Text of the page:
By Carol Roberts, DHEC Watershed Manager
Did you know that stormwater drains flow directly to our rivers, lakes, streams and ocean with little or no treatment? You might assume that any trash, pollutants or debris that washes into a storm drain gets sent to a water treatment plant and cleaned up, but it all goes right into water bodies where people swim, fish and recreate.
That’s why keeping storm drains pollution free is an important part of keeping our communities clean and healthy.
What is stormwater?
Stormwater runoff occurs when rain flows over the ground and flows into storm drains or nearby creeks, rivers and ponds. In natural, grassy areas, rain can usually soak into the ground and eventually back into the water table underground. This provides a natural filtering process. But if rain falls in heavy amounts or over impervious surfaces ( or surfaces water can’t get through, such as driveways, concrete sidewalks and asphalt streets) the rain is not able to soak into the ground and creates stormwater runoff.
Reducing stormwater pollution
Stormwater picks up debris, chemicals, dirt, and other materials as it flows into our waterways. Common pollutants include trash, sediment, leaves, grass clippings, fertilizer, pesticides, animal waste (bacteria), residue from chemical spills or container overflows, vehicle drips and leaks, and detergents.
Credit: Metropolitan North Georgia Water Planning District, Atlanta, Georgia
Everyone can help prevent stormwater pollution. Here are some easy tips you can follow:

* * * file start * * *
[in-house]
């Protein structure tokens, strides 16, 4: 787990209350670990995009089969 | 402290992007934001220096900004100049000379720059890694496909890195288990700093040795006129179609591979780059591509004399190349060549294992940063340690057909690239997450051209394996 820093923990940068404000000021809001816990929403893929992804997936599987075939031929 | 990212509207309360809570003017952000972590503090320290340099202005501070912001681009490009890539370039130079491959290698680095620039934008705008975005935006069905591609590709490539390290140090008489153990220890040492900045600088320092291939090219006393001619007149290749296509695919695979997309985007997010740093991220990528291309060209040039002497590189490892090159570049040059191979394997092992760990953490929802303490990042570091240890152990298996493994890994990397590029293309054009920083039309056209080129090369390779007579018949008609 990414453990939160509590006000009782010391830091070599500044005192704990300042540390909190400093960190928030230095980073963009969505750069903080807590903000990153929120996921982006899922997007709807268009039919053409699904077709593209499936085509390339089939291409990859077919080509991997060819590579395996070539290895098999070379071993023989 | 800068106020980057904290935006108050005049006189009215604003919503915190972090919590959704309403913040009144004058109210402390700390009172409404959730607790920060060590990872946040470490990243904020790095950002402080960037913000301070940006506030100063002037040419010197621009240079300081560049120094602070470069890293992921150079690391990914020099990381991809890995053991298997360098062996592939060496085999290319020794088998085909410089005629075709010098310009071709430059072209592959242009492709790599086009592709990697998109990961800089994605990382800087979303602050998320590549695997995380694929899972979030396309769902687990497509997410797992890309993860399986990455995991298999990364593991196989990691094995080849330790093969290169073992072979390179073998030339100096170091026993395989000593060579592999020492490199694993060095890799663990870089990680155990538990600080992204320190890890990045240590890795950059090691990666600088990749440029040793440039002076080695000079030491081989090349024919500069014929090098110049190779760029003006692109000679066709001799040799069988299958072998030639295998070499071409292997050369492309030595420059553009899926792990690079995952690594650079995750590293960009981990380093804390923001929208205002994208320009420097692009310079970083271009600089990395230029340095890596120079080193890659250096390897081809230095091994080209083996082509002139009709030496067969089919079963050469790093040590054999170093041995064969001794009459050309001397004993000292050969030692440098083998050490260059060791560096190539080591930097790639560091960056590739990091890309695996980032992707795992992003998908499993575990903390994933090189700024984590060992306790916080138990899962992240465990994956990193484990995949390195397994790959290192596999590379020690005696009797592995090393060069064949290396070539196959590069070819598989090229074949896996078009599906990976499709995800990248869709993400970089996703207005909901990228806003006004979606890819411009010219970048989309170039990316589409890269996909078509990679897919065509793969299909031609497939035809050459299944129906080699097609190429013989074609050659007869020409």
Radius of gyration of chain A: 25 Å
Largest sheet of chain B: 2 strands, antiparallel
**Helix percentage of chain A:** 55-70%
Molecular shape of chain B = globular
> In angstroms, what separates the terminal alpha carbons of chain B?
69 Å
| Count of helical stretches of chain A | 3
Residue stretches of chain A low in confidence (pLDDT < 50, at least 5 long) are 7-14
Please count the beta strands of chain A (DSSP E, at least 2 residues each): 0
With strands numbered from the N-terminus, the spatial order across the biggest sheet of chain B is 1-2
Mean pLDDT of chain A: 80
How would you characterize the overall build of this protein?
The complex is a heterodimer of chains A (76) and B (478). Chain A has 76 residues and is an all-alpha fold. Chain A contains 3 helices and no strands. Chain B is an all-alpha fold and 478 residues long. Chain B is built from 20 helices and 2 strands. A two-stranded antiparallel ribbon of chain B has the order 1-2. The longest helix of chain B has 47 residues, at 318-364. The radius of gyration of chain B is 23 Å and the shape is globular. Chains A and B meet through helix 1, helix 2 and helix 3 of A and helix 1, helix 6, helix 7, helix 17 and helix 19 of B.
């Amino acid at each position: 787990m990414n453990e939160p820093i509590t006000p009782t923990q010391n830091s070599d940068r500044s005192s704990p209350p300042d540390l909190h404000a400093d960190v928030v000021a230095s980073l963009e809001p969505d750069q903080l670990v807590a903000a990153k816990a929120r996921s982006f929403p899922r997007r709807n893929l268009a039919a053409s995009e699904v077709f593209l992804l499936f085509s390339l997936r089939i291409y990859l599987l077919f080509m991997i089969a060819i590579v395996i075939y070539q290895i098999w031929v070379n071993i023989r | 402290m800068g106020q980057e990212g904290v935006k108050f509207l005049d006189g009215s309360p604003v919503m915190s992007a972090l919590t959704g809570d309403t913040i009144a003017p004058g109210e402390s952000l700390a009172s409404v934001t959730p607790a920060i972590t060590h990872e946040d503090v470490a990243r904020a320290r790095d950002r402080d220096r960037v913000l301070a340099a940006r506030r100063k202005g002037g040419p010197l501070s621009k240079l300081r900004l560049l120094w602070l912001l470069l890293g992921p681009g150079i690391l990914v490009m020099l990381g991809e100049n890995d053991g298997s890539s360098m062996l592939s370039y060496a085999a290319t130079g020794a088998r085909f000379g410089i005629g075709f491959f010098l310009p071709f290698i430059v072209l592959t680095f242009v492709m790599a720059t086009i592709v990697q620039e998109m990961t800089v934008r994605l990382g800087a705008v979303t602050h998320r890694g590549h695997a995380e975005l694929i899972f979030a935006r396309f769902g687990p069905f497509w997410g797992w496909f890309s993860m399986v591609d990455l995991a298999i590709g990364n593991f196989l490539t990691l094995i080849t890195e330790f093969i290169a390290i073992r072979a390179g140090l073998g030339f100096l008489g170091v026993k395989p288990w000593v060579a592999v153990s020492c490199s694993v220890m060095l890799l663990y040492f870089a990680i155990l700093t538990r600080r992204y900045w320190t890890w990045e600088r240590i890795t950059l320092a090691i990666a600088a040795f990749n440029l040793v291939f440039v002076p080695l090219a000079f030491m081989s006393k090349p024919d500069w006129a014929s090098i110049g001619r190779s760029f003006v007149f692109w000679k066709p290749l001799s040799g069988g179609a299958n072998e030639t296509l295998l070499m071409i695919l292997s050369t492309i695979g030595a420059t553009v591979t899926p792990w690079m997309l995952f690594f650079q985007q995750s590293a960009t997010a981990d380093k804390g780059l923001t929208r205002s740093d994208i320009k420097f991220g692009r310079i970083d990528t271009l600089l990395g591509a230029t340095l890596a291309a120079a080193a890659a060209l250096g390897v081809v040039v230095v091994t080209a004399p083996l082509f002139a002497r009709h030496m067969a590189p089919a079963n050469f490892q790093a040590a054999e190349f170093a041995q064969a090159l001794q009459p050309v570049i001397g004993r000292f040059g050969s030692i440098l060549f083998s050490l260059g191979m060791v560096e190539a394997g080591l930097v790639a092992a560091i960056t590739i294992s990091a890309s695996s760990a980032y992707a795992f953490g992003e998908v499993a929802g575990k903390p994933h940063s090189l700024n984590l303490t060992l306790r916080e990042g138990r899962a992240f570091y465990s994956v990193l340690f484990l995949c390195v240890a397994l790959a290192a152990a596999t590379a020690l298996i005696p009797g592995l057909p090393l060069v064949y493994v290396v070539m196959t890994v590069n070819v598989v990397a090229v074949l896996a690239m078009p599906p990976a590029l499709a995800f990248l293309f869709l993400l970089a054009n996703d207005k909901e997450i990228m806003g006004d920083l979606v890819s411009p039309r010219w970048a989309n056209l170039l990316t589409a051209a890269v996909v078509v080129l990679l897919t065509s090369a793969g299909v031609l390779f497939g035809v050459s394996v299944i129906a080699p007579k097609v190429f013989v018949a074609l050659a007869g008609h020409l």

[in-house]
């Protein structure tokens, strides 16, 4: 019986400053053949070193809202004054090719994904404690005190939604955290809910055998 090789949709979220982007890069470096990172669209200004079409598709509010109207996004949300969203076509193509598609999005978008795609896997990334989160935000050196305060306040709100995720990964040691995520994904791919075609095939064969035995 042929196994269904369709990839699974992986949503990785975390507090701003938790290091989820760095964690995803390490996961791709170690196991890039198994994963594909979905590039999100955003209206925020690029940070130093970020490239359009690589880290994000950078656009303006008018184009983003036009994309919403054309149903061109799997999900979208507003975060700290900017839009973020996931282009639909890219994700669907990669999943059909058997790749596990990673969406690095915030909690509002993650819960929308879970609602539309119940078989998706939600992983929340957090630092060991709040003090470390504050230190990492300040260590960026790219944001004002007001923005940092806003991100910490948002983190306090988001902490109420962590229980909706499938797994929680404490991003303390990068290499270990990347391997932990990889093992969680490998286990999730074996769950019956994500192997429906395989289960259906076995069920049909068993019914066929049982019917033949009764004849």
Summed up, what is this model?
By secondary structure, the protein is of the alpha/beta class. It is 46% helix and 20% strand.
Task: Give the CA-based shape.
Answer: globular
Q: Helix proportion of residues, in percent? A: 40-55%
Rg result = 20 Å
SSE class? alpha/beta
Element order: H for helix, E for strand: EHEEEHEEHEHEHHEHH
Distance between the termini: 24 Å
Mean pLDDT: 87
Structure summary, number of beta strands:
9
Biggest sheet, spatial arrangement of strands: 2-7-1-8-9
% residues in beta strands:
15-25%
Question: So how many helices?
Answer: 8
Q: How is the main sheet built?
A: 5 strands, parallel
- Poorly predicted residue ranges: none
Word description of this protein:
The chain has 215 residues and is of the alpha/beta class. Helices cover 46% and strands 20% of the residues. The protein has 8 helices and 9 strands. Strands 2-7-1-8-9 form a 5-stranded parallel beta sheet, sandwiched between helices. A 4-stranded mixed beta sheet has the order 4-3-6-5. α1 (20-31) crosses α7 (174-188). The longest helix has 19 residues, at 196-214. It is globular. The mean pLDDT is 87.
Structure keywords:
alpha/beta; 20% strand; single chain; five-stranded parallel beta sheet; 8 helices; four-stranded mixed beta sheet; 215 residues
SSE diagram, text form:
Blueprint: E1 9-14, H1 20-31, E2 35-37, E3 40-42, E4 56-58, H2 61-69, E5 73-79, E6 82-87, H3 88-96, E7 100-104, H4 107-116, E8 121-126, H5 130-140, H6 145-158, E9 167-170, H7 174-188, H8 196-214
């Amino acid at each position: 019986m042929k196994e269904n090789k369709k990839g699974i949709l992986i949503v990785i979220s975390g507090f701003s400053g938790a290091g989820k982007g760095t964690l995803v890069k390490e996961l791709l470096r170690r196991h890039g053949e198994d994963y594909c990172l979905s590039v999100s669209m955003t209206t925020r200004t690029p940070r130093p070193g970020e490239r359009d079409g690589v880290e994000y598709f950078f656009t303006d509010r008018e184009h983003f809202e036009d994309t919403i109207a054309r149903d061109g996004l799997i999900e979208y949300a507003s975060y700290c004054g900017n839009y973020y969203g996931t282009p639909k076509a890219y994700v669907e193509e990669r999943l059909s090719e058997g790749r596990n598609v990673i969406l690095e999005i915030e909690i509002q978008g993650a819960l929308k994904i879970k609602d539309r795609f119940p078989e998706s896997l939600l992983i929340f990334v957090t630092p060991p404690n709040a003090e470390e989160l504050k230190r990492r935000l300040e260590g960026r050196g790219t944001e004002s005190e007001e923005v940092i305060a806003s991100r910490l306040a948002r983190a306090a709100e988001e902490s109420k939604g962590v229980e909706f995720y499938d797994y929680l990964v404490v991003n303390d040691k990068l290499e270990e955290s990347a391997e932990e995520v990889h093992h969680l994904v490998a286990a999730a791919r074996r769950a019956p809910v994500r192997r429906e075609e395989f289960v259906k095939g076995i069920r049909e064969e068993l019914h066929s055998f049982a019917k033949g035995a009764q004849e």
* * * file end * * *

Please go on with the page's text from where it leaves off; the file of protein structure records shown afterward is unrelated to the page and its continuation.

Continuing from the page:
Pet waste contains harmful bacteria that can wash into recreational waters. Always pick up after your pet and dispose of pet waste in a trash can.
Never throw dog or cat feces or cat litter down a storm drain and never flush cat litter.
Litter that is thrown on the ground or out of a car window ends up in our water. Make sure to always dispose of trash in a trashcan or recycle it.
Never dump automotive fluids down a storm drain – it is the same as dumping them directly into your favorite swimming or fishing spot.
Repair leaks that can leave chemicals on driveways and streets, and dispose of used auto fluids and batteries at designated drop-off or recycling locations.
Use a commercial car wash that treats or recycles its wastewater, or wash your car on your lawn/yard so the water infiltrates into the ground.
Lawn / Property Care
Sweep yard debris and trash out of the street so it doesn’t get washed into storm drains.
Reduce impermeable surfaces by using pavers or gravel on sidewalks and driveways that rain water can soak through into the ground.
Use pesticides and fertilizers sparingly so they don’t wash into local streams – potentially harming wildlife and people. When use is necessary, use these chemicals in the recommended amounts. Use organic mulch or safer pest control methods whenever possible.
For more information on stormwater, visit www.scdhec.gov/HomeAndEnvironment/Water/Stormwater/